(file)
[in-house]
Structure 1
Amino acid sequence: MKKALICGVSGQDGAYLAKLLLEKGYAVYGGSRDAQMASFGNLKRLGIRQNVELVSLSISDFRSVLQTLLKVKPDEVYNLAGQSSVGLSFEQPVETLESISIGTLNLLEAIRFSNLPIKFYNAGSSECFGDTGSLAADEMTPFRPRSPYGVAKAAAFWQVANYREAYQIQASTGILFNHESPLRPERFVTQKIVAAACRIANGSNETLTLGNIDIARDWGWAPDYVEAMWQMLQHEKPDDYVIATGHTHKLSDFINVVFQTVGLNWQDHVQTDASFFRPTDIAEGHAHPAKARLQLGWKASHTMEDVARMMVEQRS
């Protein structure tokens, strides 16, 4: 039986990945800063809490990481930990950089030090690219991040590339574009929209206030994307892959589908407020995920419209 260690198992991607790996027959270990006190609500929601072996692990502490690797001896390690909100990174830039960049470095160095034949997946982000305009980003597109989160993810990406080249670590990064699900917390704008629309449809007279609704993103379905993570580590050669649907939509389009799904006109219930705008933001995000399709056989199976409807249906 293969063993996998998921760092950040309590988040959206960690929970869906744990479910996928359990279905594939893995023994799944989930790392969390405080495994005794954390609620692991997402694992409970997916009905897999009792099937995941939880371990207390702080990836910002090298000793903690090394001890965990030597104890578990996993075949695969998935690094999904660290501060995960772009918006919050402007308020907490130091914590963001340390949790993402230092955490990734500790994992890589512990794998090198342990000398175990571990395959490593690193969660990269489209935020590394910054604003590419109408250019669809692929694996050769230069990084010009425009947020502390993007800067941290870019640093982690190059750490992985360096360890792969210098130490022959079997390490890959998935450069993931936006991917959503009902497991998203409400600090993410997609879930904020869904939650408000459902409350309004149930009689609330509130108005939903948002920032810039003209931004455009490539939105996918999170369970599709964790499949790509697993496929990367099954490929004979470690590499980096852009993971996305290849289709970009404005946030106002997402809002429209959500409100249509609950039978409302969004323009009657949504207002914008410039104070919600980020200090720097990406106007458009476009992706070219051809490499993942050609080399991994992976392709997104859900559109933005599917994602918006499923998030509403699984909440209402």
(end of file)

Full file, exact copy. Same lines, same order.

[in-house]
Structure 1
Amino acid sequence: MKKALICGVSGQDGAYLAKLLLEKGYAVYGGSRDAQMASFGNLKRLGIRQNVELVSLSISDFRSVLQTLLKVKPDEVYNLAGQSSVGLSFEQPVETLESISIGTLNLLEAIRFSNLPIKFYNAGSSECFGDTGSLAADEMTPFRPRSPYGVAKAAAFWQVANYREAYQIQASTGILFNHESPLRPERFVTQKIVAAACRIANGSNETLTLGNIDIARDWGWAPDYVEAMWQMLQHEKPDDYVIATGHTHKLSDFINVVFQTVGLNWQDHVQTDASFFRPTDIAEGHAHPAKARLQLGWKASHTMEDVARMMVEQRS
């Protein structure tokens, strides 16, 4: 039986990945800063809490990481930990950089030090690219991040590339574009929209206030994307892959589908407020995920419209 260690198992991607790996027959270990006190609500929601072996692990502490690797001896390690909100990174830039960049470095160095034949997946982000305009980003597109989160993810990406080249670590990064699900917390704008629309449809007279609704993103379905993570580590050669649907939509389009799904006109219930705008933001995000399709056989199976409807249906 293969063993996998998921760092950040309590988040959206960690929970869906744990479910996928359990279905594939893995023994799944989930790392969390405080495994005794954390609620692991997402694992409970997916009905897999009792099937995941939880371990207390702080990836910002090298000793903690090394001890965990030597104890578990996993075949695969998935690094999904660290501060995960772009918006919050402007308020907490130091914590963001340390949790993402230092955490990734500790994992890589512990794998090198342990000398175990571990395959490593690193969660990269489209935020590394910054604003590419109408250019669809692929694996050769230069990084010009425009947020502390993007800067941290870019640093982690190059750490992985360096360890792969210098130490022959079997390490890959998935450069993931936006991917959503009902497991998203409400600090993410997609879930904020869904939650408000459902409350309004149930009689609330509130108005939903948002920032810039003209931004455009490539939105996918999170369970599709964790499949790509697993496929990367099954490929004979470690590499980096852009993971996305290849289709970009404005946030106002997402809002429209959500409100249509609950039978409302969004323009009657949504207002914008410039104070919600980020200090720097990406106007458009476009992706070219051809490499993942050609080399991994992976392709997104859900559109933005599917994602918006499923998030509403699984909440209402």